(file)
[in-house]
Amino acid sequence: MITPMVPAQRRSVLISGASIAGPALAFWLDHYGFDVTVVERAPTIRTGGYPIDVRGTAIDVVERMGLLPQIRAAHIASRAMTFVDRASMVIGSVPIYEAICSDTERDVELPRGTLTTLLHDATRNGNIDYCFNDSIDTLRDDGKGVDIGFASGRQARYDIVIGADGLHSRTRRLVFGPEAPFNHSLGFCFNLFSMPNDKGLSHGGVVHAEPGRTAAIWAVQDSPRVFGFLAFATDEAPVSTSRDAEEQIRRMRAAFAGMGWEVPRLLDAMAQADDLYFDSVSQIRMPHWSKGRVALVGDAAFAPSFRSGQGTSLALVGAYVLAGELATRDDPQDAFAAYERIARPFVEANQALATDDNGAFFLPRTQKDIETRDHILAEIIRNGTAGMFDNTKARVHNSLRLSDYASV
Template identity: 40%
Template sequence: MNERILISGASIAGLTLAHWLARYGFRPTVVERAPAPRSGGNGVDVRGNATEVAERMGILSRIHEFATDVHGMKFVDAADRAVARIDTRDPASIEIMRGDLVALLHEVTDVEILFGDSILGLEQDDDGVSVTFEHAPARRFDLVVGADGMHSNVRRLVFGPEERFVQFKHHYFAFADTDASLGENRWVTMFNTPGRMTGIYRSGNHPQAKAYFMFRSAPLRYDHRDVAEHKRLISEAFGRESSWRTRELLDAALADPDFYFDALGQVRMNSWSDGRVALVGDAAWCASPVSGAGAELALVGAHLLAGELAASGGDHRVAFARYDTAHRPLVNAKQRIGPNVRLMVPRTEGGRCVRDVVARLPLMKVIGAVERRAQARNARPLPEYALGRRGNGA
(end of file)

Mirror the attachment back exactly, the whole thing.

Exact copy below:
[in-house]
Amino acid sequence: MITPMVPAQRRSVLISGASIAGPALAFWLDHYGFDVTVVERAPTIRTGGYPIDVRGTAIDVVERMGLLPQIRAAHIASRAMTFVDRASMVIGSVPIYEAICSDTERDVELPRGTLTTLLHDATRNGNIDYCFNDSIDTLRDDGKGVDIGFASGRQARYDIVIGADGLHSRTRRLVFGPEAPFNHSLGFCFNLFSMPNDKGLSHGGVVHAEPGRTAAIWAVQDSPRVFGFLAFATDEAPVSTSRDAEEQIRRMRAAFAGMGWEVPRLLDAMAQADDLYFDSVSQIRMPHWSKGRVALVGDAAFAPSFRSGQGTSLALVGAYVLAGELATRDDPQDAFAAYERIARPFVEANQALATDDNGAFFLPRTQKDIETRDHILAEIIRNGTAGMFDNTKARVHNSLRLSDYASV
Template identity: 40%
Template sequence: MNERILISGASIAGLTLAHWLARYGFRPTVVERAPAPRSGGNGVDVRGNATEVAERMGILSRIHEFATDVHGMKFVDAADRAVARIDTRDPASIEIMRGDLVALLHEVTDVEILFGDSILGLEQDDDGVSVTFEHAPARRFDLVVGADGMHSNVRRLVFGPEERFVQFKHHYFAFADTDASLGENRWVTMFNTPGRMTGIYRSGNHPQAKAYFMFRSAPLRYDHRDVAEHKRLISEAFGRESSWRTRELLDAALADPDFYFDALGQVRMNSWSDGRVALVGDAAWCASPVSGAGAELALVGAHLLAGELAASGGDHRVAFARYDTAHRPLVNAKQRIGPNVRLMVPRTEGGRCVRDVVARLPLMKVIGAVERRAQARNARPLPEYALGRRGNGA